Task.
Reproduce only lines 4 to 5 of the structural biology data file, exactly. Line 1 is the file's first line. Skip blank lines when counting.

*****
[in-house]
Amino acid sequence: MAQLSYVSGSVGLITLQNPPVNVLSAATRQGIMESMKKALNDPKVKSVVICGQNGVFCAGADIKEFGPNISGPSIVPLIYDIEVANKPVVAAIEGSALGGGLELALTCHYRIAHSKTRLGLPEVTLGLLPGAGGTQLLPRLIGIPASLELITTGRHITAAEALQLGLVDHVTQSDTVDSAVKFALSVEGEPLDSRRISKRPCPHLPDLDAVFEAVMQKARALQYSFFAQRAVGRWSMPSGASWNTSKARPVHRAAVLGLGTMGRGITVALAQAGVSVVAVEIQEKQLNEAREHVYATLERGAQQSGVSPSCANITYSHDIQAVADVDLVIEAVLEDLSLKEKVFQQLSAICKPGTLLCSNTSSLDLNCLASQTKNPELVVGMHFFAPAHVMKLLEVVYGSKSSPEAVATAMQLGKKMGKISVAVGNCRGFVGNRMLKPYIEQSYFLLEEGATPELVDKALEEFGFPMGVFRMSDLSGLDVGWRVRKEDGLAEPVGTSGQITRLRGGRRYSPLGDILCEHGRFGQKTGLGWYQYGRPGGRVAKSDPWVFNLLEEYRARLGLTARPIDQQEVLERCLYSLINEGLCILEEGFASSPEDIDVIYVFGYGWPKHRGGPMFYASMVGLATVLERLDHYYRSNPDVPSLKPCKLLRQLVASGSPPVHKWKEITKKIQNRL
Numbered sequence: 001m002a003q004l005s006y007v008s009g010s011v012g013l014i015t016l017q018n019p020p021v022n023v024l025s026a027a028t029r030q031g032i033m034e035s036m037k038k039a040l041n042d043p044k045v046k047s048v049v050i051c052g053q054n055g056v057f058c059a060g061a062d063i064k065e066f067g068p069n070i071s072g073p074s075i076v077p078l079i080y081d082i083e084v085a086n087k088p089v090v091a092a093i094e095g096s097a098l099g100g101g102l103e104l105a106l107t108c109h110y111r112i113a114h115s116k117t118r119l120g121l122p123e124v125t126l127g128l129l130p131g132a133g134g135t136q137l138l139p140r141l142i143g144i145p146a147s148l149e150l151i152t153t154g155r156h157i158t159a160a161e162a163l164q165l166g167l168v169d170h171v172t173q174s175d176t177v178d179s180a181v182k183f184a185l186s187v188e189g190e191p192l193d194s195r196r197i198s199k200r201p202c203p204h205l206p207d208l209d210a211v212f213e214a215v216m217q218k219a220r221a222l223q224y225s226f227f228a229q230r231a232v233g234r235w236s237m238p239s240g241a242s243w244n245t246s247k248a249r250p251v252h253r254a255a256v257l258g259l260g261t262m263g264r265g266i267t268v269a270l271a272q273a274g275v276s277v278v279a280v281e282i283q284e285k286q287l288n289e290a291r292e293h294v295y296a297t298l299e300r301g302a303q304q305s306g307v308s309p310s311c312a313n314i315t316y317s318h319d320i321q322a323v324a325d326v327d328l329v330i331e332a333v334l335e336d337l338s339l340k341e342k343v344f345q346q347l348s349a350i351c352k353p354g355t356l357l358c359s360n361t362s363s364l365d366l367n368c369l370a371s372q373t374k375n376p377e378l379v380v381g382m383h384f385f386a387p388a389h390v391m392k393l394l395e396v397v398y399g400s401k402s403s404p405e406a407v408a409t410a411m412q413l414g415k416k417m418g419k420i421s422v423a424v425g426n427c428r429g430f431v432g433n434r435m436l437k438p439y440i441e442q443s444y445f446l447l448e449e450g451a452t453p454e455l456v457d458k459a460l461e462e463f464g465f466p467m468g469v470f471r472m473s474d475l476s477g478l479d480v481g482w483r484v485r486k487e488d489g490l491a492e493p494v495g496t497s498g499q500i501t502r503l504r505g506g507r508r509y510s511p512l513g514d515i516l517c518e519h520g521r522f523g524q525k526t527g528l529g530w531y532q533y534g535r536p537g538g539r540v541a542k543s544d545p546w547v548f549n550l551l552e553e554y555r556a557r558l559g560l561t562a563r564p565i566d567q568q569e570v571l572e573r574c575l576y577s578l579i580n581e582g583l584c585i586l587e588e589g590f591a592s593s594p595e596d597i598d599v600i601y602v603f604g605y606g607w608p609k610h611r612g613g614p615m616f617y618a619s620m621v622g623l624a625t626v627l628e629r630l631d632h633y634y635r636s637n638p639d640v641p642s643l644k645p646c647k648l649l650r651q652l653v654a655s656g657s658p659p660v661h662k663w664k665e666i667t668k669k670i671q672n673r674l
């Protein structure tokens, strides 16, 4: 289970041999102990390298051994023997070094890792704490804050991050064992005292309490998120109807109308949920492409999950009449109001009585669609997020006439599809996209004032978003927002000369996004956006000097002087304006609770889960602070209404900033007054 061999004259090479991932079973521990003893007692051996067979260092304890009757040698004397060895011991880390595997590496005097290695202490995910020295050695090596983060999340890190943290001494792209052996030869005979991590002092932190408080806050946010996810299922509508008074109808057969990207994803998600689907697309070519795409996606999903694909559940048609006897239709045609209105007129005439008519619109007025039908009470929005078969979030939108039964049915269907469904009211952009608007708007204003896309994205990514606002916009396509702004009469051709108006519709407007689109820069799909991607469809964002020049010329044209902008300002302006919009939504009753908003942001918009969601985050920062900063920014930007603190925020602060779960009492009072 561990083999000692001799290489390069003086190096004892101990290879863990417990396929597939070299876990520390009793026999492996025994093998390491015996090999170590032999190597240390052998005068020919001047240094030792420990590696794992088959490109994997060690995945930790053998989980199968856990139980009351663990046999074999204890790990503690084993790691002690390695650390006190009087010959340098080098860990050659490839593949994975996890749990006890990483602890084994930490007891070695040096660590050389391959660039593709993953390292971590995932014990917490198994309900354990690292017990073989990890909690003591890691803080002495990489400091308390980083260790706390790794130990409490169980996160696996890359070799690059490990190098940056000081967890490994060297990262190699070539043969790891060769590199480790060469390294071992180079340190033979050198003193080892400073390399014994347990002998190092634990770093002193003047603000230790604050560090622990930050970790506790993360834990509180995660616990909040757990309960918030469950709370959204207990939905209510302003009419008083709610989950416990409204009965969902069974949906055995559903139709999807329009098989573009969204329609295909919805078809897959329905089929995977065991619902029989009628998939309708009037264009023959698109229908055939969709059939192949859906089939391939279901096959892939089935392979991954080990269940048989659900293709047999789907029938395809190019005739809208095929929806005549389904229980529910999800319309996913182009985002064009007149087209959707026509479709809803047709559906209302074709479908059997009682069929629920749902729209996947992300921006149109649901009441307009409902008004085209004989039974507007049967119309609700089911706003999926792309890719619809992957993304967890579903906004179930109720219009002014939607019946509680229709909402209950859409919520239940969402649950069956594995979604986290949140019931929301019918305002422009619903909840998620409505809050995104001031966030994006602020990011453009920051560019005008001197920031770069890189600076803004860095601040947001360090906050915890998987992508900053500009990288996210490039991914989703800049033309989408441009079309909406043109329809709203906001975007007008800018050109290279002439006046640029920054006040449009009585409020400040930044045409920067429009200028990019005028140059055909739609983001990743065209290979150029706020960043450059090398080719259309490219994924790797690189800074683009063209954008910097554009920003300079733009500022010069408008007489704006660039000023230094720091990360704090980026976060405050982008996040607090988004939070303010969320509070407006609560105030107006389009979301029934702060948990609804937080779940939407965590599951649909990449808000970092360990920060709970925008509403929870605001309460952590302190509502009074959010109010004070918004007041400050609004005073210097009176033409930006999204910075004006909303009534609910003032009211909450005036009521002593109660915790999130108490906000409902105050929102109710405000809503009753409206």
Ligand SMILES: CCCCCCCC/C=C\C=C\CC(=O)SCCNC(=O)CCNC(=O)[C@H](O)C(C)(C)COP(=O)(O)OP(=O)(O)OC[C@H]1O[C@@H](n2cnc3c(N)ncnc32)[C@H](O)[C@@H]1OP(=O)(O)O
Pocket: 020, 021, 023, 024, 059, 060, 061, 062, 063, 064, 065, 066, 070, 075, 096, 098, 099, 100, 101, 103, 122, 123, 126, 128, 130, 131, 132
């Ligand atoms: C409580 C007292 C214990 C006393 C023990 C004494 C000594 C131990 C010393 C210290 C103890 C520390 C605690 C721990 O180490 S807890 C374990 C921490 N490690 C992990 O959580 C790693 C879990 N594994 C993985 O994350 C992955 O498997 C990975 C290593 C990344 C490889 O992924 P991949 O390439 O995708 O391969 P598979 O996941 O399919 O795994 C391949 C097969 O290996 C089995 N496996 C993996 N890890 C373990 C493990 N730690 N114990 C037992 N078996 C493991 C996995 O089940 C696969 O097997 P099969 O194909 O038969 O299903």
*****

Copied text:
């Protein structure tokens, strides 16, 4: 289970041999102990390298051994023997070094890792704490804050991050064992005292309490998120109807109308949920492409999950009449109001009585669609997020006439599809996209004032978003927002000369996004956006000097002087304006609770889960602070209404900033007054 061999004259090479991932079973521990003893007692051996067979260092304890009757040698004397060895011991880390595997590496005097290695202490995910020295050695090596983060999340890190943290001494792209052996030869005979991590002092932190408080806050946010996810299922509508008074109808057969990207994803998600689907697309070519795409996606999903694909559940048609006897239709045609209105007129005439008519619109007025039908009470929005078969979030939108039964049915269907469904009211952009608007708007204003896309994205990514606002916009396509702004009469051709108006519709407007689109820069799909991607469809964002020049010329044209902008300002302006919009939504009753908003942001918009969601985050920062900063920014930007603190925020602060779960009492009072 561990083999000692001799290489390069003086190096004892101990290879863990417990396929597939070299876990520390009793026999492996025994093998390491015996090999170590032999190597240390052998005068020919001047240094030792420990590696794992088959490109994997060690995945930790053998989980199968856990139980009351663990046999074999204890790990503690084993790691002690390695650390006190009087010959340098080098860990050659490839593949994975996890749990006890990483602890084994930490007891070695040096660590050389391959660039593709993953390292971590995932014990917490198994309900354990690292017990073989990890909690003591890691803080002495990489400091308390980083260790706390790794130990409490169980996160696996890359070799690059490990190098940056000081967890490994060297990262190699070539043969790891060769590199480790060469390294071992180079340190033979050198003193080892400073390399014994347990002998190092634990770093002193003047603000230790604050560090622990930050970790506790993360834990509180995660616990909040757990309960918030469950709370959204207990939905209510302003009419008083709610989950416990409204009965969902069974949906055995559903139709999807329009098989573009969204329609295909919805078809897959329905089929995977065991619902029989009628998939309708009037264009023959698109229908055939969709059939192949859906089939391939279901096959892939089935392979991954080990269940048989659900293709047999789907029938395809190019005739809208095929929806005549389904229980529910999800319309996913182009985002064009007149087209959707026509479709809803047709559906209302074709479908059997009682069929629920749902729209996947992300921006149109649901009441307009409902008004085209004989039974507007049967119309609700089911706003999926792309890719619809992957993304967890579903906004179930109720219009002014939607019946509680229709909402209950859409919520239940969402649950069956594995979604986290949140019931929301019918305002422009619903909840998620409505809050995104001031966030994006602020990011453009920051560019005008001197920031770069890189600076803004860095601040947001360090906050915890998987992508900053500009990288996210490039991914989703800049033309989408441009079309909406043109329809709203906001975007007008800018050109290279002439006046640029920054006040449009009585409020400040930044045409920067429009200028990019005028140059055909739609983001990743065209290979150029706020960043450059090398080719259309490219994924790797690189800074683009063209954008910097554009920003300079733009500022010069408008007489704006660039000023230094720091990360704090980026976060405050982008996040607090988004939070303010969320509070407006609560105030107006389009979301029934702060948990609804937080779940939407965590599951649909990449808000970092360990920060709970925008509403929870605001309460952590302190509502009074959010109010004070918004007041400050609004005073210097009176033409930006999204910075004006909303009534609910003032009211909450005036009521002593109660915790999130108490906000409902105050929102109710405000809503009753409206």
Ligand SMILES: CCCCCCCC/C=C\C=C\CC(=O)SCCNC(=O)CCNC(=O)[C@H](O)C(C)(C)COP(=O)(O)OP(=O)(O)OC[C@H]1O[C@@H](n2cnc3c(N)ncnc32)[C@H](O)[C@@H]1OP(=O)(O)O